13th May 2019

It’s one of the great lost games of the ’90s…but Parasol Stars is finally coming to the Commodore 64. Here, we recount the game’s bizarre history on the Bread Bin, and talk to Simon Jameson – the guy who’s making this new  version happen. We’ve even shown the video to Colin Porch, the game’s original coder…

Parasol Stars has been pined for on the Commodore 64 since 1992, when  Ocean Software sheepishly announced that the game had been cancelled for our fave computer  following a burglary at the coder’s house. They stole everything, said the Manc publishers, and  there  simply wasn’t time to start it again from scratch. The C64 was dying, and the momentum from the advertising campaigns  would be lost.

The burglary story, though, wasn’t true. Let’s just rewind for a sec before we unpick things, mind.


Stars is the third in the Bubble Bobble platformer series, following on from Bubble Bobble and Rainbow Islands. It first appeared on the PC Engine back in 1991 (unusually, and contrary to urban myth, it didn’t appear in the arcades). Bubby and Bobby are both present, and it’s more akin to the first game than Rainbow Islands. This time around, you have a parasol which can block as a shield, stun enemies, capture droplets or hurl enemies. At many points, it can be used as a parachute.

The C64 version  was to be the only 8-bit micro computer Parasol Stars, and with software drying up anticipation was high. Both Rainbow Islands and Bubble Bobble were huge hits on the machine, so news of the game’s demise was devastating.

parasol stars zzap story
ZZAP! 64 announces the news – no Parasol Stars for C64.

Not as devastating as the actual truth, though.


The C64 version had been farmed out to veteran coder Colin Porch – responsible for a string of greats like Head Over Heels and Operation Wolf. He was working on Parasol Stars freelance, from home, and things had been looking good. Three months in, Colin remembers taking his work to Ocean. They were pleased. “Most of the elements of the gameplay had been included”, he recalls. And then, disaster:

“My wife and I had not been getting on very well, (usually rowing about her drinking habits) and she decided to go back to her first husband of twenty years earlier. Before leaving, she broke or corrupted all the disks she could find, including all the Parasol Stars developments and back-ups. She expressed extreme remorse afterwards, (she was two different people depending on whether she had been drinking) but the damage was done. I only had a disk previously shown to Ocean, about three months old, which had remained in my briefcase since showing it to them. They, unfortunately, could not spare the time for me to repeat the work.”

And that’s where the story stopped…until this weekend.


Over the weekend, Simon Jameson posted a video of what appeared to be a work in progress version of the game on Twitter. It’s the video you see at the top of this report. Could it be real? We asked him, and it is. Parasol Stars is a thing.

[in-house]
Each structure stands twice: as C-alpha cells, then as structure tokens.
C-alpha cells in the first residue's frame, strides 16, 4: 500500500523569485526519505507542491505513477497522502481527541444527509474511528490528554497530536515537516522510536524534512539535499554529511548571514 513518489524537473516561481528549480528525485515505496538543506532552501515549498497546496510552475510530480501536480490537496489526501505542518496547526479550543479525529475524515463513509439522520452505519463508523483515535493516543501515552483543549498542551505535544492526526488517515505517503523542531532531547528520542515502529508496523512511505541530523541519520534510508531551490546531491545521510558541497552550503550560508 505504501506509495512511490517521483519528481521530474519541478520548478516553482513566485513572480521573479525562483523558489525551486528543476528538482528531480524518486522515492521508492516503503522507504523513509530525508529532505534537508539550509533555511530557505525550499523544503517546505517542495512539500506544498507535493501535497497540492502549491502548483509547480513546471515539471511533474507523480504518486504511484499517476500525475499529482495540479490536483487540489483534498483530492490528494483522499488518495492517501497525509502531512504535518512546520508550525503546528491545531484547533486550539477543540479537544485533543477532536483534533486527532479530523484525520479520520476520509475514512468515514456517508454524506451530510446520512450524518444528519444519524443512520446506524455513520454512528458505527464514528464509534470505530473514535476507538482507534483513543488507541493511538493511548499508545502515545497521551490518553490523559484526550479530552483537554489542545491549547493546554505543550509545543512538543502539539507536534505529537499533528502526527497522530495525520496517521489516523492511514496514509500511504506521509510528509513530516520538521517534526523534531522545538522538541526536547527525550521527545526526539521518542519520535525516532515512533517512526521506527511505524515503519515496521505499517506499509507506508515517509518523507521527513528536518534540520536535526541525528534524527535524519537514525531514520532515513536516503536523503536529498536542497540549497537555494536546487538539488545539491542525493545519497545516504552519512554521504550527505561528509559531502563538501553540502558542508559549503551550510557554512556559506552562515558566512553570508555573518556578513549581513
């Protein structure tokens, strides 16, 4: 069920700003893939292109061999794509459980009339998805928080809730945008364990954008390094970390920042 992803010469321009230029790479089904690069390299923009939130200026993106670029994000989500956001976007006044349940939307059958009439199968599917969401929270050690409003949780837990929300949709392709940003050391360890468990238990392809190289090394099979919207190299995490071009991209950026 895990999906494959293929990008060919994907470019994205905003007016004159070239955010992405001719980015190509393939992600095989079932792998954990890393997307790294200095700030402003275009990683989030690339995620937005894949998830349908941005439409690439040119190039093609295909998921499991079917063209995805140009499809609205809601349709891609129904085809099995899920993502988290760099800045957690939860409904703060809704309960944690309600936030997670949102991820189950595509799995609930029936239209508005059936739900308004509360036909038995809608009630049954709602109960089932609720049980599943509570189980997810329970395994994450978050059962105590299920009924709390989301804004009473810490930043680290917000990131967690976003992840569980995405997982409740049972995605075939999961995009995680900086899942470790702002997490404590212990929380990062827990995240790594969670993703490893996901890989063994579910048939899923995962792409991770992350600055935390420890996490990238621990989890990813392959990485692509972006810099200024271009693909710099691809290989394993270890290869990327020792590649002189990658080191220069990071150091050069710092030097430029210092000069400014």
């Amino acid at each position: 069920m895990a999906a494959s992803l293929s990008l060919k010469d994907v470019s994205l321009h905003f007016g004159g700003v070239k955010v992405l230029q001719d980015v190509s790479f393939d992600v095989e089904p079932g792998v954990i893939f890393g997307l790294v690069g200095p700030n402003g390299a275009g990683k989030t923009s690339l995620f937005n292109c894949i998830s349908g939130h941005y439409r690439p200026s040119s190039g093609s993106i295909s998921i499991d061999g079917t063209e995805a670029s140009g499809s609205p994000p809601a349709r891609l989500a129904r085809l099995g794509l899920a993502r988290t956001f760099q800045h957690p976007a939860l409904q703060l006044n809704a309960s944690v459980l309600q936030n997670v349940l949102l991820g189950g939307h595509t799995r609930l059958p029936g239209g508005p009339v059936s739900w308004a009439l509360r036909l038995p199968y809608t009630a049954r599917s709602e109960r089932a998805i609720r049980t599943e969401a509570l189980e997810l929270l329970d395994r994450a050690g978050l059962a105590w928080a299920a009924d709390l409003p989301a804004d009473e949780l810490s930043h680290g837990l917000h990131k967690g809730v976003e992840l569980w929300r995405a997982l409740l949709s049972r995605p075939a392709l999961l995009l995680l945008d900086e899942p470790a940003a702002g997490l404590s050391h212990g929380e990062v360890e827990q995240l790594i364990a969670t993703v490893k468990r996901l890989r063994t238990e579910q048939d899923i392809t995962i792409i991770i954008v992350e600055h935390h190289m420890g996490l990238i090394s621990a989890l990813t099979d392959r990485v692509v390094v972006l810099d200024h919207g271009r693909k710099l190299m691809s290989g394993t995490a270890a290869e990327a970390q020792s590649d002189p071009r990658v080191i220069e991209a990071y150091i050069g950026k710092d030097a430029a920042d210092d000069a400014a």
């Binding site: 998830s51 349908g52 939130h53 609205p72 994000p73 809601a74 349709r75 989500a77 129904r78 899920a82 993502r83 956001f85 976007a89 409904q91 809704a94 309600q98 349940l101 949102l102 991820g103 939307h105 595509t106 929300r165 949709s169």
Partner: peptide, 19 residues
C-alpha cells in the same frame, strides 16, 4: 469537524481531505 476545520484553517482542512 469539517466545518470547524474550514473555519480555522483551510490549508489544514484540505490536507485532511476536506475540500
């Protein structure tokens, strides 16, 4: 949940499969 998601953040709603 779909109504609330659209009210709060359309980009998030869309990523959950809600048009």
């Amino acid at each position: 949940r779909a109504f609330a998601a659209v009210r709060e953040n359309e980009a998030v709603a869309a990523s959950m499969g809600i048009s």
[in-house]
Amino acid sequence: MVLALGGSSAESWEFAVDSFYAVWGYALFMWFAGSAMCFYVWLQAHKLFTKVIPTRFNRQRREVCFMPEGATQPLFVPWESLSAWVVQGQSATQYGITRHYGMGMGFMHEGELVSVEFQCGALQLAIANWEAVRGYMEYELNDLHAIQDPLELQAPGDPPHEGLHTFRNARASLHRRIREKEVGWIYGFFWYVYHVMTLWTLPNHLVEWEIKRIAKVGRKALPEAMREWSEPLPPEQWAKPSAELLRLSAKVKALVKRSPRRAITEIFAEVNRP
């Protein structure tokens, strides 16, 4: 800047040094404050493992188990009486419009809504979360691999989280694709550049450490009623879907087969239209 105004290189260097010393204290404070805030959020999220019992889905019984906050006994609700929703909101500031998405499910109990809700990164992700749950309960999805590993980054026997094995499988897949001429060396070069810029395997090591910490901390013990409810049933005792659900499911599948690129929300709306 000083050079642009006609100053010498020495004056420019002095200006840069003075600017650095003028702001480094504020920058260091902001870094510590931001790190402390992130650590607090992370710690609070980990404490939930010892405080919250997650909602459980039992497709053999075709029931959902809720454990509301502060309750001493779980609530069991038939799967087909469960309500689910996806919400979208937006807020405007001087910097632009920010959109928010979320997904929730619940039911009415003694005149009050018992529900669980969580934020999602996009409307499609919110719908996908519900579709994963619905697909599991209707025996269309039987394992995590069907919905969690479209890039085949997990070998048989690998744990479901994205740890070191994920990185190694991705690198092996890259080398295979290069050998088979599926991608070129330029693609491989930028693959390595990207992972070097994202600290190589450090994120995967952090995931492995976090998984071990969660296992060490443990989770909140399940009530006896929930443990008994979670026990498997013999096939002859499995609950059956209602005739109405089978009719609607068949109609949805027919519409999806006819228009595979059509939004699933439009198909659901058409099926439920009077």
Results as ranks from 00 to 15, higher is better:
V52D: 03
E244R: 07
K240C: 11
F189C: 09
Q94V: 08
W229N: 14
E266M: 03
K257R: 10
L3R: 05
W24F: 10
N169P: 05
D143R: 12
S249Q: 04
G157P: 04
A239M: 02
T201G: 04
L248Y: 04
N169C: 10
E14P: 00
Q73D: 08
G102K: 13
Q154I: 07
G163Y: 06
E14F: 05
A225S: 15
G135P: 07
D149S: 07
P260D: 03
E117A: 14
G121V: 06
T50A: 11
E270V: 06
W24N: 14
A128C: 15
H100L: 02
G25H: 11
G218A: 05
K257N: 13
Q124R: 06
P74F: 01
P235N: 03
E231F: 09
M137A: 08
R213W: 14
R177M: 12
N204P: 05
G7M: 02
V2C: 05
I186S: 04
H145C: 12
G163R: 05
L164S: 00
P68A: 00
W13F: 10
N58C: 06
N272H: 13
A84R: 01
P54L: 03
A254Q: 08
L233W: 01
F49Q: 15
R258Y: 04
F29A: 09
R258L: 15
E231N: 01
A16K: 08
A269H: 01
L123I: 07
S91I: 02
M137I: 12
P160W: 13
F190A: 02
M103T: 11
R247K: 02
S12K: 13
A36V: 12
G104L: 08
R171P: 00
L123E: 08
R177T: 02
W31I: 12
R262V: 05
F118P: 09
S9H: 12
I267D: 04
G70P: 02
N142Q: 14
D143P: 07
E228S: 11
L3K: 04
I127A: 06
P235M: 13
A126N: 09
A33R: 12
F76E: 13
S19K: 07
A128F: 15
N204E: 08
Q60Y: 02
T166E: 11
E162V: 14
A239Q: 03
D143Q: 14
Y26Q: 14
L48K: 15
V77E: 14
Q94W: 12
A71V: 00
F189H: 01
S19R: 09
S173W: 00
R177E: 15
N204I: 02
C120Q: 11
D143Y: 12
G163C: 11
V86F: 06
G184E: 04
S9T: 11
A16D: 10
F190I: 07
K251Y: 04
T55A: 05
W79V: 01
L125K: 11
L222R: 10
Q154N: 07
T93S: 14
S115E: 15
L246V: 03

“I’m a Technical Lead for a large software company in London writing tools and libraries for our internal teams, working mostly in NodeJS”, he told us. He’s got C64 previous, though (check out Doc Cosmos from this Spring), teaching himself to code but “I was born in 1977, so by the time I was old enough to work the 64 was beginning to disappear.”

Parasol Stars started as an experiment with VSP scrolling and sprite multiplexing. I wanted to learn stuff I’d missed in the time I’d been away from the scene (like 25 years!) and so knocked up a simple tech demo using Rainbow Islands art. It was a short step from that to realising I could have a go at filling the huge whole left by the missing C64 version.”

So how did Simon approach the conversion?

“I tried to be as close to the PC Engine original as possible and played that version a lot to get the gameplay to feel as close as possible, the art is heavily based on that version too. The NES version was a good source of ideas for optimisation such as reducing the size of the water element drops, and also some lower resolution art inspirations. Overall the approach was always an iterative one starting with the original tech demo and slowly adding stuff. Generally I’ll think of the next big missing feature, write some code, optimise and refactor and then add art as required”.

And the big one, then  – when’s it coming out?

“Publisher wise, it’s not something I had even considered when I wrote the code last year. Since releasing the video however, there’s been a lot of interest and I’m currently in discussions regarding the next steps.”


There’s loads to think about, for sure – including whoever publishes the game getting the appropriate rights – but Parasol Stars is on the verge of becoming real after 27 years. We’ll keep you updated with this one at Commodore Format, of  course…and before we go, just one more thing. We wondered what Colin Porch might think about this. Astounded, is the answer, but very happy:

“I wish Simon the very best of luck! Back in the day,  they said it was impossible. But I was convinced it wasn’t, after a couple of month’s work…What took so long, I wonder? (joke!)” CF

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